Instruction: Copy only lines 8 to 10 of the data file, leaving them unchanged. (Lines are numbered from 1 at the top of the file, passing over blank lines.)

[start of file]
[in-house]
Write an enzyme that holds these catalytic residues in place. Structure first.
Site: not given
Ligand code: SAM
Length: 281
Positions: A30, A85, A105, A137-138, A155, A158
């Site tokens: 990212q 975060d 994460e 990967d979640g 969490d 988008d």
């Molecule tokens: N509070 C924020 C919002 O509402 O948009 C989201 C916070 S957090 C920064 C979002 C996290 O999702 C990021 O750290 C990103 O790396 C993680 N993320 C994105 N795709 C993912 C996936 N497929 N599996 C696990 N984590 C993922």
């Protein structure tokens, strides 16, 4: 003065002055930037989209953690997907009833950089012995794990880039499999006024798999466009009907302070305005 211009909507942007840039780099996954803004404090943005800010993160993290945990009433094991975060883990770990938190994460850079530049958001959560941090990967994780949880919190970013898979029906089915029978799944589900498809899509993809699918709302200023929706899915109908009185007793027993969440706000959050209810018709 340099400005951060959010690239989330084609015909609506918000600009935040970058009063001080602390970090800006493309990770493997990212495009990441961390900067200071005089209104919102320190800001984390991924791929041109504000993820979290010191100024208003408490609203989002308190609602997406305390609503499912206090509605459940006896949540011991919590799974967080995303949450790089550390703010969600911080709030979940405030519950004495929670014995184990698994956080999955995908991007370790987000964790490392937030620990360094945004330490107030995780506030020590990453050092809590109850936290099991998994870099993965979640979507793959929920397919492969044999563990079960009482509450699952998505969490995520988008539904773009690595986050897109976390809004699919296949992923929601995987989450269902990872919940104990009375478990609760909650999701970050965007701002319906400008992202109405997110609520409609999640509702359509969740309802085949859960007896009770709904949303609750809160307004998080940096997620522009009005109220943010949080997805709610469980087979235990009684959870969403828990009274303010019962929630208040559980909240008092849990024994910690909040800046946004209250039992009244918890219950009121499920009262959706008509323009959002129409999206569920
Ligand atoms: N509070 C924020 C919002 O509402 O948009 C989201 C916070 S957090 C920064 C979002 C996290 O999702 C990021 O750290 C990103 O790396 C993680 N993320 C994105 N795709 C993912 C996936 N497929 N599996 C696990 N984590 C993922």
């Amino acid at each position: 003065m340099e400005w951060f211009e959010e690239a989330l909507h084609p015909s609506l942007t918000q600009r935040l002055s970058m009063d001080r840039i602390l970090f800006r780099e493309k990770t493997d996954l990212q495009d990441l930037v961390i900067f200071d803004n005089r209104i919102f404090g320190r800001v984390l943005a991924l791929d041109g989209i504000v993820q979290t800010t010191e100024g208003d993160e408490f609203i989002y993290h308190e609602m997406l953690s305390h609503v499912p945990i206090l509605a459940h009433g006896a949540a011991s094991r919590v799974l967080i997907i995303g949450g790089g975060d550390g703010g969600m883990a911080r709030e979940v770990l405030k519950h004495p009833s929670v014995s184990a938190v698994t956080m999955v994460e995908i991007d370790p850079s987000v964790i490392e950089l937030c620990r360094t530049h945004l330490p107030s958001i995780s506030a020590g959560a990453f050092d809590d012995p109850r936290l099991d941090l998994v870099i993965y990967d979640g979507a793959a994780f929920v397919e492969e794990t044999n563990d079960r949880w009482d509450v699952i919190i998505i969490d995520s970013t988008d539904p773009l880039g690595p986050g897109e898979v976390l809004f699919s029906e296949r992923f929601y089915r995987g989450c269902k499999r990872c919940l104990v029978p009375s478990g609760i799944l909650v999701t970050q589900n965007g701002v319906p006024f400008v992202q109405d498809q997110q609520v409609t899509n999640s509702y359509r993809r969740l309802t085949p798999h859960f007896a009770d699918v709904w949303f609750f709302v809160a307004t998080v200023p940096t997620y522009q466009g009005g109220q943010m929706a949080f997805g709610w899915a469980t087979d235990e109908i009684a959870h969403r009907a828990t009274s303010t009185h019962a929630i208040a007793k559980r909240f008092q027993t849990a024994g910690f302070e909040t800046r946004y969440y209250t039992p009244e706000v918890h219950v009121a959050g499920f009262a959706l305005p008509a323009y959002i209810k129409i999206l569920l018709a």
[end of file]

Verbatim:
């Molecule tokens: N509070 C924020 C919002 O509402 O948009 C989201 C916070 S957090 C920064 C979002 C996290 O999702 C990021 O750290 C990103 O790396 C993680 N993320 C994105 N795709 C993912 C996936 N497929 N599996 C696990 N984590 C993922």
């Protein structure tokens, strides 16, 4: 003065002055930037989209953690997907009833950089012995794990880039499999006024798999466009009907302070305005 211009909507942007840039780099996954803004404090943005800010993160993290945990009433094991975060883990770990938190994460850079530049958001959560941090990967994780949880919190970013898979029906089915029978799944589900498809899509993809699918709302200023929706899915109908009185007793027993969440706000959050209810018709 340099400005951060959010690239989330084609015909609506918000600009935040970058009063001080602390970090800006493309990770493997990212495009990441961390900067200071005089209104919102320190800001984390991924791929041109504000993820979290010191100024208003408490609203989002308190609602997406305390609503499912206090509605459940006896949540011991919590799974967080995303949450790089550390703010969600911080709030979940405030519950004495929670014995184990698994956080999955995908991007370790987000964790490392937030620990360094945004330490107030995780506030020590990453050092809590109850936290099991998994870099993965979640979507793959929920397919492969044999563990079960009482509450699952998505969490995520988008539904773009690595986050897109976390809004699919296949992923929601995987989450269902990872919940104990009375478990609760909650999701970050965007701002319906400008992202109405997110609520409609999640509702359509969740309802085949859960007896009770709904949303609750809160307004998080940096997620522009009005109220943010949080997805709610469980087979235990009684959870969403828990009274303010019962929630208040559980909240008092849990024994910690909040800046946004209250039992009244918890219950009121499920009262959706008509323009959002129409999206569920
Ligand atoms: N509070 C924020 C919002 O509402 O948009 C989201 C916070 S957090 C920064 C979002 C996290 O999702 C990021 O750290 C990103 O790396 C993680 N993320 C994105 N795709 C993912 C996936 N497929 N599996 C696990 N984590 C993922």